Automobile manufacturer counts on 100% inspection with Ophir BeamWatch Integrated systems
Battery modules are the beating heart of every electric car. They ensure mobility and security, and their reliability determines whether a vehicle is accepted or not. The BMW Group launched the i3, the first fully electric production vehicle, back in 2013 – so the company is well aware of the pitfalls of battery production, which grow in complexity with every uptick in capacity. Up to 144 laser welds are required for contacting a 5th-generation battery module. Thanks to Ophir BeamWatch Integrated systems, the automaker can check the laser beam before manufacturing each new module, independent of cycle times and with success. Before, in order to confirm ideal weld-in depths, spot checks by means of micrographs were carried out on a weekly basis.
Cycle-time-neutral testing of the laser beam
Laser welding in the production of battery cells requires absolute precision. Regularly checking the key parameters of the laser beam before welding contributes significantly to the quality of the finished battery pack. From the very first discussion with the experts from the BMW Group, the focus was on how to do this as completely – and with as little impact on cycle time – as possible. Within the ongoing process, the key metrics to be captured were:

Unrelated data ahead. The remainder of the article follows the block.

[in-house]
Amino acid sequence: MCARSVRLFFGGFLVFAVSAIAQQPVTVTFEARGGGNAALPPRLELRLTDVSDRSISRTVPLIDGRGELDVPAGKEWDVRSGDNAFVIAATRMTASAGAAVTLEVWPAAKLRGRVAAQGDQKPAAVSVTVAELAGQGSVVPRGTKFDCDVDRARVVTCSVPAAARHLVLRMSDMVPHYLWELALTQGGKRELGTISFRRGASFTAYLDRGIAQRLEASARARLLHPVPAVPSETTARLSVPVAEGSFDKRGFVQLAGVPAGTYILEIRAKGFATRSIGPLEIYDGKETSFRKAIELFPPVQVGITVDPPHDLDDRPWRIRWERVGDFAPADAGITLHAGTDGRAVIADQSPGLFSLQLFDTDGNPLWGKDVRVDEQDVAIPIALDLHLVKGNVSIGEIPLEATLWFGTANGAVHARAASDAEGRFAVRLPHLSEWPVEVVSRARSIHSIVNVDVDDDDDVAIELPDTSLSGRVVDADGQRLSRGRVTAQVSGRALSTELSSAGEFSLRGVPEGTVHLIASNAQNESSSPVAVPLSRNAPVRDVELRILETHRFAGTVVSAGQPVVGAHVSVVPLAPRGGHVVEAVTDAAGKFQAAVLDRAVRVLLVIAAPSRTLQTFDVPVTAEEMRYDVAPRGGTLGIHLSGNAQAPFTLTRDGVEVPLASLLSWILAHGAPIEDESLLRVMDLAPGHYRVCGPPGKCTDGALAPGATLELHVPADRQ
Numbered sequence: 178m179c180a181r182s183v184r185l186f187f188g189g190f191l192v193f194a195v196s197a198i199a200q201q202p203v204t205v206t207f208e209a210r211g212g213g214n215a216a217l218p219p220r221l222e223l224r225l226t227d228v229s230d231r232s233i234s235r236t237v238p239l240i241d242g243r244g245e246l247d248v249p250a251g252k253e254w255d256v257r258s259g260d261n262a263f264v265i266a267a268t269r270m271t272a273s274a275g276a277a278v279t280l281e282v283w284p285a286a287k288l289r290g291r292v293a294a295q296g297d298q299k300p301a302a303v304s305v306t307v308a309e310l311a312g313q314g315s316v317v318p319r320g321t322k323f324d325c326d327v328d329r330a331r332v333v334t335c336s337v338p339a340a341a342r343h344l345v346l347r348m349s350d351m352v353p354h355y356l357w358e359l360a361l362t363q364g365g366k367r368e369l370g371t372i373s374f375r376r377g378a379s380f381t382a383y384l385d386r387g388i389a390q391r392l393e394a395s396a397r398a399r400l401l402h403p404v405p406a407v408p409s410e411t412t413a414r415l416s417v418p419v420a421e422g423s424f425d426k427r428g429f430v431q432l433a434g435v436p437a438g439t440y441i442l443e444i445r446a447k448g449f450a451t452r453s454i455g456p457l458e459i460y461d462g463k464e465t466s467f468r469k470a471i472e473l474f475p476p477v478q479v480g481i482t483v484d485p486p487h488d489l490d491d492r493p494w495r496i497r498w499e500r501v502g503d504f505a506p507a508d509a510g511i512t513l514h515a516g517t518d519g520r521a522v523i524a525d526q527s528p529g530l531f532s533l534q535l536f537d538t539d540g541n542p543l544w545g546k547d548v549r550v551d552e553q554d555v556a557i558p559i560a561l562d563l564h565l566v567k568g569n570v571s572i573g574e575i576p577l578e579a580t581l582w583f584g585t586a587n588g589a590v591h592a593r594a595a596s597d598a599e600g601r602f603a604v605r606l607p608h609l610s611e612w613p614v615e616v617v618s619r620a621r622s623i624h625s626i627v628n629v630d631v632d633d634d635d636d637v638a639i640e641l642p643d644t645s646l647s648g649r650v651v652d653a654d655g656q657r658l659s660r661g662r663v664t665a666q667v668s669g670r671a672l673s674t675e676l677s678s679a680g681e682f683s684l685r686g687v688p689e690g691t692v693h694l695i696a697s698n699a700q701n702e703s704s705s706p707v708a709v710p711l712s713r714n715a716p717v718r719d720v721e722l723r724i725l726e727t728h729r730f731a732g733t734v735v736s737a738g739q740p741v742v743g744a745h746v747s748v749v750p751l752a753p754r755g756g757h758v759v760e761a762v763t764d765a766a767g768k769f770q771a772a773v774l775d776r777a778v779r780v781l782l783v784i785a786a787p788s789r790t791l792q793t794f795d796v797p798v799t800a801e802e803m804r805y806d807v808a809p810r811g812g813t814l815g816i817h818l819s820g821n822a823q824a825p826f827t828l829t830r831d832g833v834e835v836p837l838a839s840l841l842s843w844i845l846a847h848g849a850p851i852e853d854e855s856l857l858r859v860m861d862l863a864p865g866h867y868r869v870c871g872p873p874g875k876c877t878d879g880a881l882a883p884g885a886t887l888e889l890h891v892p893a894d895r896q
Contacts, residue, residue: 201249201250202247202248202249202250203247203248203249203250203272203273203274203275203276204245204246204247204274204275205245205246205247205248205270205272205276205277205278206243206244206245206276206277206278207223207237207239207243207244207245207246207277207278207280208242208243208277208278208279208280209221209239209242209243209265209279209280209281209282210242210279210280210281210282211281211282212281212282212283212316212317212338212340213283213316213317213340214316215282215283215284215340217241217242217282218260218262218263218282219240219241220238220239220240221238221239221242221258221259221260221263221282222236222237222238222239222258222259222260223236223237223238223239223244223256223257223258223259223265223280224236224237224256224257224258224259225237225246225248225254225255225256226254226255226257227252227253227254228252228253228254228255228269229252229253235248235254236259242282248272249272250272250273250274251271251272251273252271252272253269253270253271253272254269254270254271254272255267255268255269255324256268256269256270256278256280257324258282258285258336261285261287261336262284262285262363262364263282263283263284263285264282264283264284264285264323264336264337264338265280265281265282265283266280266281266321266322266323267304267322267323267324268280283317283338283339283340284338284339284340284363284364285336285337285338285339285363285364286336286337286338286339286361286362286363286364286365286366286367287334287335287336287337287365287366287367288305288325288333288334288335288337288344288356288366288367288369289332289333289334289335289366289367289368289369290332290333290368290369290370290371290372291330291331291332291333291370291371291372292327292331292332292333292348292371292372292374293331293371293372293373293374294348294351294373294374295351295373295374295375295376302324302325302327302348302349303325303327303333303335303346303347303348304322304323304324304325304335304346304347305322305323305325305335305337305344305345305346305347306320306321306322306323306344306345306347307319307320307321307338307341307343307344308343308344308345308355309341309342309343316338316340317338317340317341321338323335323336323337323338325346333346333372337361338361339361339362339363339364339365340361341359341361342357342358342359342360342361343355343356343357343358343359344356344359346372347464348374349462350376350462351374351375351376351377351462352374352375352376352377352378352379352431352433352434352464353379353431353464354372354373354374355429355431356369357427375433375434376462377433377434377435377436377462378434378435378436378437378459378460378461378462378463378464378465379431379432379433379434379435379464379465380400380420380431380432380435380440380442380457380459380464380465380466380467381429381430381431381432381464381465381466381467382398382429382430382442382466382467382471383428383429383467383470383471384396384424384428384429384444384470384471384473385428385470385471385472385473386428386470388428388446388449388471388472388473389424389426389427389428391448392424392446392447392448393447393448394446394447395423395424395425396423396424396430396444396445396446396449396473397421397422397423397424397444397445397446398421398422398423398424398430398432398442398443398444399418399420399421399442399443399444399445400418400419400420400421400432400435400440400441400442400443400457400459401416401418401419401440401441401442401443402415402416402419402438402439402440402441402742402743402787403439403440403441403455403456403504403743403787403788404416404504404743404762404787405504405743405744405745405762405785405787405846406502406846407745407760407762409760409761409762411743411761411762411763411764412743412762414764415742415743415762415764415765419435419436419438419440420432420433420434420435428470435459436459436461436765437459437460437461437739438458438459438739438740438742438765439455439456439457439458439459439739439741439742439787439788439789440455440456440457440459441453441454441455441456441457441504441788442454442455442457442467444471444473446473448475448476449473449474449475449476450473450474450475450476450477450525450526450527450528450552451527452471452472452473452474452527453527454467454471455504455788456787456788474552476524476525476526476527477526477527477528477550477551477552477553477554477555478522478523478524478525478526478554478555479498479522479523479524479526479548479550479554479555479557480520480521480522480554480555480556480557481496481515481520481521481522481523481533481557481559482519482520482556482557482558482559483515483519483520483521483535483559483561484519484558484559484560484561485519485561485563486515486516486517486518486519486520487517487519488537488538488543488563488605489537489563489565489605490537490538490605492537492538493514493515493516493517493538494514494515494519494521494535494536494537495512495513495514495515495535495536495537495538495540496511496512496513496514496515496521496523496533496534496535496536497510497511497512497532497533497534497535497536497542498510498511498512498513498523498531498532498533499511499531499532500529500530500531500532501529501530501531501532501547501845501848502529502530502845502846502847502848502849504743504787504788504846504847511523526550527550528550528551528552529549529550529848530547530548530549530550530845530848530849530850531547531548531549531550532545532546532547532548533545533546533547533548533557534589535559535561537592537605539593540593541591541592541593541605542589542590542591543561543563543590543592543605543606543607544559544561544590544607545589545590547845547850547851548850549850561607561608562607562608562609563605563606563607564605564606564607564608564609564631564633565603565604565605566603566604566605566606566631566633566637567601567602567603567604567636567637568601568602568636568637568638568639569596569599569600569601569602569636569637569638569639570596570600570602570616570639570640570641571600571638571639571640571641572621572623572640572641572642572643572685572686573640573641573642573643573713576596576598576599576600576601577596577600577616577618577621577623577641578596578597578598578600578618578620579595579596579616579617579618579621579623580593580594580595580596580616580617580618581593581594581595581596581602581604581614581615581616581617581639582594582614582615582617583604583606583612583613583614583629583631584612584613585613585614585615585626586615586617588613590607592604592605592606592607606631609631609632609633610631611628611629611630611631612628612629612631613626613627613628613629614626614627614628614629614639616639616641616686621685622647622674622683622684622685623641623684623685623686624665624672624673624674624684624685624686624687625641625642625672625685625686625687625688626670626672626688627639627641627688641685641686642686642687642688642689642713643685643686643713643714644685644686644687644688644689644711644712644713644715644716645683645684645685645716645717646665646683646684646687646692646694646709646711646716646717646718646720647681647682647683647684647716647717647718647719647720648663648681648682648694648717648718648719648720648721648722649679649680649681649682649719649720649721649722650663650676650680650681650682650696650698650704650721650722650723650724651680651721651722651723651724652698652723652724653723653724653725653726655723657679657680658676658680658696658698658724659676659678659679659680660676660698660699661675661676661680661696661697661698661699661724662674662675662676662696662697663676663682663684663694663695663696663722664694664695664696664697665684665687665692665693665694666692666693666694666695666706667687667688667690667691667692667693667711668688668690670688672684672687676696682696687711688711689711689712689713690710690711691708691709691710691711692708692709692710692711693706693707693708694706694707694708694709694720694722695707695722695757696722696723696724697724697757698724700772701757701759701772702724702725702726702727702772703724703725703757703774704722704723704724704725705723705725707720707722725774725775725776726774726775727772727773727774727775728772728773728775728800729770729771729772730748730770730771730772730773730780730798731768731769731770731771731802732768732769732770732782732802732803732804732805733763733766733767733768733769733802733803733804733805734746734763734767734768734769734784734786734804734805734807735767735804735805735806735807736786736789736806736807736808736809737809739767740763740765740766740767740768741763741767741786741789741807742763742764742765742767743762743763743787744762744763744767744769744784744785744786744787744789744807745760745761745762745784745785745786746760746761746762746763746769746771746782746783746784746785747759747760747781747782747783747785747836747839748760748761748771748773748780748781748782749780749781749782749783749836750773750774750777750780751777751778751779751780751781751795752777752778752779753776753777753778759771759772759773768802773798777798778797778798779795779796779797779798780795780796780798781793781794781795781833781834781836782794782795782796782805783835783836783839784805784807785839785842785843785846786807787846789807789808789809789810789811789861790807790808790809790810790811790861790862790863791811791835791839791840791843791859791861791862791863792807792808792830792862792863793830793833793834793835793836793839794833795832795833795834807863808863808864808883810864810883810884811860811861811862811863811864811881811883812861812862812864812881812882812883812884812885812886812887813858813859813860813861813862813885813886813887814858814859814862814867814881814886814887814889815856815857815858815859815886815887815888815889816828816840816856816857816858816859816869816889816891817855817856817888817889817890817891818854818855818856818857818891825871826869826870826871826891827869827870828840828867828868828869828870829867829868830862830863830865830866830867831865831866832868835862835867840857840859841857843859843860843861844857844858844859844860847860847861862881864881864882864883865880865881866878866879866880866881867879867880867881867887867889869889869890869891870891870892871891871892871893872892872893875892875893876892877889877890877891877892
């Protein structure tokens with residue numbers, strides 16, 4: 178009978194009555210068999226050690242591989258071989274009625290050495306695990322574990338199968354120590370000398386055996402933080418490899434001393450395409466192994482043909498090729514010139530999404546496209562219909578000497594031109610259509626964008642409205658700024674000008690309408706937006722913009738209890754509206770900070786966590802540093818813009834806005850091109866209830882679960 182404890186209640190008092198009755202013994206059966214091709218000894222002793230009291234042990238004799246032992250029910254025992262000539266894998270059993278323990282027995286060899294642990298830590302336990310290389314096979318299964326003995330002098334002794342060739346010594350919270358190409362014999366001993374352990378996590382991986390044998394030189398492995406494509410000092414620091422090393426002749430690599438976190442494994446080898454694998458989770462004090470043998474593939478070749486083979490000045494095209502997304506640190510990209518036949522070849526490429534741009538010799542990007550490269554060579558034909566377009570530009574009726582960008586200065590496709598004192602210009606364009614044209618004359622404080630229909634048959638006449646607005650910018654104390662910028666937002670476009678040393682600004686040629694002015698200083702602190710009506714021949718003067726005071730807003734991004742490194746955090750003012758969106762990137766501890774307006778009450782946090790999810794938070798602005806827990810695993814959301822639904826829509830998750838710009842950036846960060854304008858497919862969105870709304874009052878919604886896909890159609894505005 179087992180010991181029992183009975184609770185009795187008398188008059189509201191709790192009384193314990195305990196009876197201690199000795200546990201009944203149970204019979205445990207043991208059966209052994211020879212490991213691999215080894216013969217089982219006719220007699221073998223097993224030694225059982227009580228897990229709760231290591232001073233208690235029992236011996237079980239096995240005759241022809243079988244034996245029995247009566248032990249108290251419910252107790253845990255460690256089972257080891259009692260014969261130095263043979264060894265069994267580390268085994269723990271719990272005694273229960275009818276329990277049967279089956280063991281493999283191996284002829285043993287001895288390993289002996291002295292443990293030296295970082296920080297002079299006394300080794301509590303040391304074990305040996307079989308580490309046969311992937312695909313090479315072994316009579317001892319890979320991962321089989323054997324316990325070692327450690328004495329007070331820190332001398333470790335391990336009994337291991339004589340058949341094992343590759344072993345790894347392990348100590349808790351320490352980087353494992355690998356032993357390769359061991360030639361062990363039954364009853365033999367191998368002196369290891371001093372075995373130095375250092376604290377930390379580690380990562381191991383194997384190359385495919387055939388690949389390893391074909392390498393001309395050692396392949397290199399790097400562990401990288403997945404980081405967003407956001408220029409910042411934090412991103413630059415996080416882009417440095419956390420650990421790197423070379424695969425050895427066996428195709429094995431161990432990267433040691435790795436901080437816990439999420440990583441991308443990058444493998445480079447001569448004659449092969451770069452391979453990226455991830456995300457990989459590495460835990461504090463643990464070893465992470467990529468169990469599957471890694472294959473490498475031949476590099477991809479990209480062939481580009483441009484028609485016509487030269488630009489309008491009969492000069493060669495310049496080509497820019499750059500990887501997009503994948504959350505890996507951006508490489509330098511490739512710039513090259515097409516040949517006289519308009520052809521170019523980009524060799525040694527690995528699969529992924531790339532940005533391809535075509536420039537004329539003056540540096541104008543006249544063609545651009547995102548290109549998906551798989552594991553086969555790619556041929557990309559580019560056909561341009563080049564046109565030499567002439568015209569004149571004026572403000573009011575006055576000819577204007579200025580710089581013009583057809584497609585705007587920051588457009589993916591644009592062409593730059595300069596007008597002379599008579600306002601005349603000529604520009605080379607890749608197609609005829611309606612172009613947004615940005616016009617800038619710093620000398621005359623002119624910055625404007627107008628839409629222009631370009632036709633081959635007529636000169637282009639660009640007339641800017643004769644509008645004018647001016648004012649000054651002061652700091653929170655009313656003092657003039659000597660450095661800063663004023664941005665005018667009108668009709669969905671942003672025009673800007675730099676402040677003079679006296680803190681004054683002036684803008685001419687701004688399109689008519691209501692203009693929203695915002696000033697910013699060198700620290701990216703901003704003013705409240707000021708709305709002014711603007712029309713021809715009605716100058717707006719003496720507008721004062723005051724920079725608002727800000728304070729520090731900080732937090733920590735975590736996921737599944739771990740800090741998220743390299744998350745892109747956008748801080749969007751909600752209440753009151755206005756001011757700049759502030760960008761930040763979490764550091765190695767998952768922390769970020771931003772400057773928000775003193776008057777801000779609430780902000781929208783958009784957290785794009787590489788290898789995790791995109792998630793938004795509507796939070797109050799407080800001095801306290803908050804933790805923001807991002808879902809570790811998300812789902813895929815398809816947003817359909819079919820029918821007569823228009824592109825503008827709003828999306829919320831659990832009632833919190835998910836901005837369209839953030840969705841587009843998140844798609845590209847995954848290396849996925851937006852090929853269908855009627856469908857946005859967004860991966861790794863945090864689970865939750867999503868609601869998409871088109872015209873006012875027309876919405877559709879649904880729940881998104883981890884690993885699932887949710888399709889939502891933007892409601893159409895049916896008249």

The latter two are particularly crucial for single-mode lasers, but measuring them quickly proved difficult. The only method capable of this is non-contact measurement of the laser beam based on the principle of Rayleigh scattering – a technology developed by MKS and employed in the Ophir BeamWatch product family. The company designed the Ophir BeamWatch Integrated System specifically for automated manufacturing. This combined beam profiler and power gauge has various interfaces that permit direct implementation in industrial networks. For the experts in technology development at the BMW Group, this instrument came at exactly the right time.